Tigers righty allows five runs over first four innings in finale loss
By Chris Abshire
Special to MLB.com |
HOUSTON -- The Tigers' pitching staff had been getting away with some rocky early innings, but Anibal Sanchez fell victim to his slow start in Houston during Detroit's 5-4 loss Sunday.
And in many ways, it was surprising the longtime veteran was the hurler who succumbed to that fate, as he allowed five runs in the first four innings while throwing 110 pitches in five laborious frames.
After all, Sanchez had arguably been the team's most consistent pitcher through two turns of the rotation. Plus, his struggles in Minute Maid Park were the inverse of the minor issues that plagued him against Miami and Pittsburgh.
Sanchez blanked both teams for the first five innings, then allowed two runs in the sixth of both outings. He figured to reverse the Tigers' recent issues, as they've allowed first-inning runs in four of the last five games.
Instead, the Astros teed off early. Jose Altuve ripped an opposite-field leadoff homer in the first as Sanchez struggled to keep the ball down in the zone. The righty was so erratic that he even brought in a run later in the frame on a wild pitch.
"It was similar in the first inning with a lot of fastballs like we saw from [Justin] Verlander yesterday and then had to adjust," Tigers manager Brad Ausmus said. "Some of the damage was done obviously at that point."
George Springer added a solo shot in the third, and Altuve struck again in the fourth for a two-run single.
"It was difficult today, and I think three good contacts, two good homers and one bringing guys in, it's really tough," Sanchez said.
It was emblematic of the Tigers' relative woes in Houston. Sloppy baserunning dominated Friday and Saturday, while defense doomed Detroit on Sunday. That accounted for the first series loss this season, but Sanchez said he can live with "effort" mistakes behind him like Cabrera's.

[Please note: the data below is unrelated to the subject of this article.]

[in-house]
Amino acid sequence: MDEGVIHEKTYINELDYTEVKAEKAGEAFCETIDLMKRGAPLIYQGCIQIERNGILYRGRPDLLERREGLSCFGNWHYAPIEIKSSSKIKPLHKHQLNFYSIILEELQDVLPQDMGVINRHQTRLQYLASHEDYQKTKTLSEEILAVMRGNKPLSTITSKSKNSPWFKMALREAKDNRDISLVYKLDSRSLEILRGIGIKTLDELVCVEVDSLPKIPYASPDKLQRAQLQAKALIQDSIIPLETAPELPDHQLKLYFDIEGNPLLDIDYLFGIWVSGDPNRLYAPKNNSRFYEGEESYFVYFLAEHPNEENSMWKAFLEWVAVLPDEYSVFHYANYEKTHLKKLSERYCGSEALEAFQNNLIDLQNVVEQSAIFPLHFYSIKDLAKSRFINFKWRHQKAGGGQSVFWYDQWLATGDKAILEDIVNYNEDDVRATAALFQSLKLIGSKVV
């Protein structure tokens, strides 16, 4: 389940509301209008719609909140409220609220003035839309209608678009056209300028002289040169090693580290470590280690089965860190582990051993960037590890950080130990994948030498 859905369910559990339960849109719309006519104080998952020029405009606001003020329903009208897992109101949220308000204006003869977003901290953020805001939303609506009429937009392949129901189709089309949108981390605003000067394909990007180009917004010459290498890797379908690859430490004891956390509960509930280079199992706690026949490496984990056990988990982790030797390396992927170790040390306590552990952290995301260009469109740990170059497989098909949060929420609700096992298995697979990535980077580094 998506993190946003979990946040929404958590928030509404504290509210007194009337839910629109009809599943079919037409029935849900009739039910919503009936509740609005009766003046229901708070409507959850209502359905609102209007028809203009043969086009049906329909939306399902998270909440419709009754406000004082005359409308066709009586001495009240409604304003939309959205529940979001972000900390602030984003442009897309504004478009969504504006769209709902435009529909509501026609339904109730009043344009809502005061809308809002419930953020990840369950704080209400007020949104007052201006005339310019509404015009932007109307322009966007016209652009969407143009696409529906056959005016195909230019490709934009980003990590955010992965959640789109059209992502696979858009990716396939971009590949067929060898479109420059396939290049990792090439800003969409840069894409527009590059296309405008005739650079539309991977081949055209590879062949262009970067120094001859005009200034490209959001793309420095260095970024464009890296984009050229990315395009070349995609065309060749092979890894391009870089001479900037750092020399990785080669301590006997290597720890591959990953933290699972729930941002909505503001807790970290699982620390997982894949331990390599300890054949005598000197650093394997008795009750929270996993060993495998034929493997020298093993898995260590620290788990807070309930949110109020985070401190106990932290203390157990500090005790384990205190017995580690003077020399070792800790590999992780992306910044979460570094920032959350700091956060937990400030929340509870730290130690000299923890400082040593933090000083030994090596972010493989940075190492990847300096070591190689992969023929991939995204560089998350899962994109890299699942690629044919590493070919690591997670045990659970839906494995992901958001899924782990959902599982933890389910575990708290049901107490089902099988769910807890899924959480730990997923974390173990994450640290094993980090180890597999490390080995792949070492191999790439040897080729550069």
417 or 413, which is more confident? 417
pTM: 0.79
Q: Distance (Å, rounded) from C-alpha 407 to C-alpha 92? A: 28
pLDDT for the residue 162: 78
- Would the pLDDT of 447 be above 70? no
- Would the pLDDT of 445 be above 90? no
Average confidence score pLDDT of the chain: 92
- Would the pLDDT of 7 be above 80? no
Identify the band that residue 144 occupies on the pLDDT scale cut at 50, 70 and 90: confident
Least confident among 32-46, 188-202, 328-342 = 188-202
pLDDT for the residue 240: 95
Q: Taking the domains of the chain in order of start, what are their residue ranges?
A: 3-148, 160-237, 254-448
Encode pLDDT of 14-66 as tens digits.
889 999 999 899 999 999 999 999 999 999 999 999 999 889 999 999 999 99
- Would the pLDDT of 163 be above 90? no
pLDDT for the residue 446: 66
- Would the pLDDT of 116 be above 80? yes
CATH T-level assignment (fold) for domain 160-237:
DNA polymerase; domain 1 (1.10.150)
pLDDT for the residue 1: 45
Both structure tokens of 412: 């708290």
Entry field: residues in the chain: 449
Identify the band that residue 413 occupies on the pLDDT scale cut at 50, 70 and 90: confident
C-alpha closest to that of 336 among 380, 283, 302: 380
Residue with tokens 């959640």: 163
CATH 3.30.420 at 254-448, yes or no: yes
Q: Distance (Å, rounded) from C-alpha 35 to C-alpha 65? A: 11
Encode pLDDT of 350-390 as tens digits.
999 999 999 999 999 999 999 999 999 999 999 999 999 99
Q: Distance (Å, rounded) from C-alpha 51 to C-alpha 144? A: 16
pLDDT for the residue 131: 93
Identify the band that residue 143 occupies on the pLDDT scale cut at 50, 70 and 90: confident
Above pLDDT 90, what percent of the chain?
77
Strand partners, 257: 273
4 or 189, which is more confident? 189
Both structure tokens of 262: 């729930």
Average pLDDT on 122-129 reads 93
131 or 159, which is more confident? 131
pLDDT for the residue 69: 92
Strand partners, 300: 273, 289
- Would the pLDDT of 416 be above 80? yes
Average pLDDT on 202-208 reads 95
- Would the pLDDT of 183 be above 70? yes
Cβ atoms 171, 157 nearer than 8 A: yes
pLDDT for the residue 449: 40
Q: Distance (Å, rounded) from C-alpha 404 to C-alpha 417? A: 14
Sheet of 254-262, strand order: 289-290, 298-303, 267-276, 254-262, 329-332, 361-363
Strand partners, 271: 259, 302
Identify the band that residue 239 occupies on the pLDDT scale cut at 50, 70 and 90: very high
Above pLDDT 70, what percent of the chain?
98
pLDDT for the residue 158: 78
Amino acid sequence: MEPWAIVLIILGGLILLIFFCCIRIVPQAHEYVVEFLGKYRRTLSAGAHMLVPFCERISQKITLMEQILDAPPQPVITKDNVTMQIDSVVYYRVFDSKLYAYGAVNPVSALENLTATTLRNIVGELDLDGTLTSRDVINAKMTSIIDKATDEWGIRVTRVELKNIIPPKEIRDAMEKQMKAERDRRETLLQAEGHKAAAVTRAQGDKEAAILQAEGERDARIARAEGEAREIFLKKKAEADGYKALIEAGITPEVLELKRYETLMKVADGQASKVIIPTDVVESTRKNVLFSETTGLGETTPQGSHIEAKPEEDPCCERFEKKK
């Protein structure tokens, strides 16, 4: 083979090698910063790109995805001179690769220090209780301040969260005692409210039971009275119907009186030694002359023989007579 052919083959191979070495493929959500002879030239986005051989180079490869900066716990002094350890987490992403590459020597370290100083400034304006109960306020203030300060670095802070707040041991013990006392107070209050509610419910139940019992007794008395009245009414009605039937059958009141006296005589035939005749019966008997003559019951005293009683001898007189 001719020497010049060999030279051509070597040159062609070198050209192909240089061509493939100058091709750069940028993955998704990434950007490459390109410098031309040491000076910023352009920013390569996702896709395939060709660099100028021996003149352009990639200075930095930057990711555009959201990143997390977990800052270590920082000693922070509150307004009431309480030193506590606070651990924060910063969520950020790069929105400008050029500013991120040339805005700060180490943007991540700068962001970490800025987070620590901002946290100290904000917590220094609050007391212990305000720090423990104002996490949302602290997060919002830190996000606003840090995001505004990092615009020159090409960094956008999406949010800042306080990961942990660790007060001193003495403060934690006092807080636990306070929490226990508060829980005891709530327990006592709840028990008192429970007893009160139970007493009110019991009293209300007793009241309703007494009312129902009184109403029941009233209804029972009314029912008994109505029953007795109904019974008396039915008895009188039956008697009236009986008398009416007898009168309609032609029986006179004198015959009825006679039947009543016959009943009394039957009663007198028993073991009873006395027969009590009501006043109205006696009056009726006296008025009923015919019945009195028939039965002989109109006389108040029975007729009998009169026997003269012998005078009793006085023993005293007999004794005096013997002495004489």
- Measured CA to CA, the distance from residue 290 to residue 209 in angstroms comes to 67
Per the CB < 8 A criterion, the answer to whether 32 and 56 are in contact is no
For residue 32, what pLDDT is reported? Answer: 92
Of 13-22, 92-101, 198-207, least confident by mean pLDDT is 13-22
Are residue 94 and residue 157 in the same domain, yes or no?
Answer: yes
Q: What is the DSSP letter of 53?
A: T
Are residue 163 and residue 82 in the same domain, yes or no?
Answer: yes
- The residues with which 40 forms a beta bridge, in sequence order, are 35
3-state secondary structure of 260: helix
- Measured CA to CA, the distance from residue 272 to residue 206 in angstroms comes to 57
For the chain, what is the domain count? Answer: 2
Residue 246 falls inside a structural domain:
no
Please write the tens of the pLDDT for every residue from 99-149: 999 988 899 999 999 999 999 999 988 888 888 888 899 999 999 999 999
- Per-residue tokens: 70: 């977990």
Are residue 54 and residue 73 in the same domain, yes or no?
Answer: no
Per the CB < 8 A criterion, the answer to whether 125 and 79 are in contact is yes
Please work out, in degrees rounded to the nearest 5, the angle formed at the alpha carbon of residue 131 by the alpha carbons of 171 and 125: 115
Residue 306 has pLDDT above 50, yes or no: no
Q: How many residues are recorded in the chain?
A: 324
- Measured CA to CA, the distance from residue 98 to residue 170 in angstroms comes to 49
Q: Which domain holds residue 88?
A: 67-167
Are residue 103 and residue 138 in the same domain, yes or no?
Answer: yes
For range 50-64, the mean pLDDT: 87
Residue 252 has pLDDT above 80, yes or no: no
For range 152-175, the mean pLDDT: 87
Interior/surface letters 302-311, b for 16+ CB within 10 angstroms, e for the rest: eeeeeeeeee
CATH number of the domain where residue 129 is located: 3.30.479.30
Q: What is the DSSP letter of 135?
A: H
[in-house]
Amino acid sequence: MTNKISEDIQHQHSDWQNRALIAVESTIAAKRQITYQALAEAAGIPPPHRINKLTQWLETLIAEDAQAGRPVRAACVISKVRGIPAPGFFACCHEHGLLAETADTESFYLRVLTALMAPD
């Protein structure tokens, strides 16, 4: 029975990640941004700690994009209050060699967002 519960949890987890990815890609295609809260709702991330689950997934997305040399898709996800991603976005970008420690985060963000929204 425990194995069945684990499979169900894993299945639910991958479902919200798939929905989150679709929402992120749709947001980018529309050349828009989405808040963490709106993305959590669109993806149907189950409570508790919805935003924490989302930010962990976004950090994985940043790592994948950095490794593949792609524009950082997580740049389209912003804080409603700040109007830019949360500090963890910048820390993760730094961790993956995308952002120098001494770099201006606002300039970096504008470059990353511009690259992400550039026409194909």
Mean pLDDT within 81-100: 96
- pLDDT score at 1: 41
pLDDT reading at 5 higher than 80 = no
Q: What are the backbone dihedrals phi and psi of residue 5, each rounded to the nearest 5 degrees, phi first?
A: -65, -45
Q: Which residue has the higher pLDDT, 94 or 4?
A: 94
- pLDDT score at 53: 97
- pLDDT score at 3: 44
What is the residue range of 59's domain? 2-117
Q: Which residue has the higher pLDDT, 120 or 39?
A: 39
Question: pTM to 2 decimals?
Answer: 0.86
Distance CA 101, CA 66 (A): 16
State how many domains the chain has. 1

"He threw because he saw the chance to get an out," Sanchez said. "He didn't throw just to play around. He thinks if he makes a good throw, he had Gonzalez off the base. Even [Justin] Upton had the ball and a chance to get him at third. Everything is changed by results."
Added Ausmus: "We did a nice job both games coming back. Getting ourselves back in the game from an offensive standpoint, but I think we can play cleaner games."
But it was Sanchez who still allowed the baserunners and made for a second straight day that Detroit faced a hefty early deficit. The reviews on his new, streamlined windup are mixed through three starts, and his focus now is on lowering the pitch counts going forward.
"The good thing is I feel really good, I feel healthy and no problems at all with my body," he said. "I need to continue working. Even the first two [starts], even when I threw good games, it was a lot of pitches.
"It's something I need to work on, because I don't want to throw 100, 105, 110 pitches in five innings. If I have that pitch count, it gets complicated, throwing too many pitches [per] inning and I'm getting tired sooner in the game."
A silver lining, then, since Sanchez still managed to strike out his last two batters he faced.
"I didn't feel fatigued at that point," the 11-year veteran said. "That's a good team against me. If I was pitching in the seventh or eighth at that pitch count, maybe I would be [tired] but I still felt strong."
Chris Abshire is a contributor to MLB.com. This story was not subject to the approval of Major League Baseball or its clubs.